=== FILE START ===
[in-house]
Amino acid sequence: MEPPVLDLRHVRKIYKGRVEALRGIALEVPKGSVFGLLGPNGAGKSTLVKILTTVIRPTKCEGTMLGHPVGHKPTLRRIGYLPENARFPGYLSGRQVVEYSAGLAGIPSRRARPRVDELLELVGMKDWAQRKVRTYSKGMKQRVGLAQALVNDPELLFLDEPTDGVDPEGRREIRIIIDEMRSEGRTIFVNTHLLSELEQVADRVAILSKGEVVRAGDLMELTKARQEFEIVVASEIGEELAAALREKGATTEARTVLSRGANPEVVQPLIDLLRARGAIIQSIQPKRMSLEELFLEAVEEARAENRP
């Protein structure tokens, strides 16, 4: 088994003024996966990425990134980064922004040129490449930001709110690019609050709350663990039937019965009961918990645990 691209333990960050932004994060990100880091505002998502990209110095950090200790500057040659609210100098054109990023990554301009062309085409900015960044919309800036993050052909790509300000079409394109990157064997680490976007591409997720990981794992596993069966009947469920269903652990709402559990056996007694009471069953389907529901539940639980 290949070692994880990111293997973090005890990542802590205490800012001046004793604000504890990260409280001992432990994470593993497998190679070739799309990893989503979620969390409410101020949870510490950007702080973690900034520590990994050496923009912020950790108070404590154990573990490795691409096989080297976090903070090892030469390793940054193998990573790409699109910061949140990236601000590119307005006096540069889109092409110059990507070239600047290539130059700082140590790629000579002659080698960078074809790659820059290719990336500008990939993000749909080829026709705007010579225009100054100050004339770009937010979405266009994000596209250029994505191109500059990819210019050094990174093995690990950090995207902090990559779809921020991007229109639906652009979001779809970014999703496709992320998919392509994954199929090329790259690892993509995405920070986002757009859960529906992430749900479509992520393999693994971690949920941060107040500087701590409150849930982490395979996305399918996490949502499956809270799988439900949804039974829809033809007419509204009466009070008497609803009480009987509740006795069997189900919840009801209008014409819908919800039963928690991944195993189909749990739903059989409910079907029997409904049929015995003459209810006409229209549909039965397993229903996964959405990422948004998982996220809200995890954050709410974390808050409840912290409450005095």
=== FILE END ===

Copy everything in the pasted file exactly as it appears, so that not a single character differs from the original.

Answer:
[in-house]
Amino acid sequence: MEPPVLDLRHVRKIYKGRVEALRGIALEVPKGSVFGLLGPNGAGKSTLVKILTTVIRPTKCEGTMLGHPVGHKPTLRRIGYLPENARFPGYLSGRQVVEYSAGLAGIPSRRARPRVDELLELVGMKDWAQRKVRTYSKGMKQRVGLAQALVNDPELLFLDEPTDGVDPEGRREIRIIIDEMRSEGRTIFVNTHLLSELEQVADRVAILSKGEVVRAGDLMELTKARQEFEIVVASEIGEELAAALREKGATTEARTVLSRGANPEVVQPLIDLLRARGAIIQSIQPKRMSLEELFLEAVEEARAENRP
């Protein structure tokens, strides 16, 4: 088994003024996966990425990134980064922004040129490449930001709110690019609050709350663990039937019965009961918990645990 691209333990960050932004994060990100880091505002998502990209110095950090200790500057040659609210100098054109990023990554301009062309085409900015960044919309800036993050052909790509300000079409394109990157064997680490976007591409997720990981794992596993069966009947469920269903652990709402559990056996007694009471069953389907529901539940639980 290949070692994880990111293997973090005890990542802590205490800012001046004793604000504890990260409280001992432990994470593993497998190679070739799309990893989503979620969390409410101020949870510490950007702080973690900034520590990994050496923009912020950790108070404590154990573990490795691409096989080297976090903070090892030469390793940054193998990573790409699109910061949140990236601000590119307005006096540069889109092409110059990507070239600047290539130059700082140590790629000579002659080698960078074809790659820059290719990336500008990939993000749909080829026709705007010579225009100054100050004339770009937010979405266009994000596209250029994505191109500059990819210019050094990174093995690990950090995207902090990559779809921020991007229109639906652009979001779809970014999703496709992320998919392509994954199929090329790259690892993509995405920070986002757009859960529906992430749900479509992520393999693994971690949920941060107040500087701590409150849930982490395979996305399918996490949502499956809270799988439900949804039974829809033809007419509204009466009070008497609803009480009987509740006795069997189900919840009801209008014409819908919800039963928690991944195993189909749990739903059989409910079907029997409904049929015995003459209810006409229209549909039965397993229903996964959405990422948004998982996220809200995890954050709410974390808050409840912290409450005095």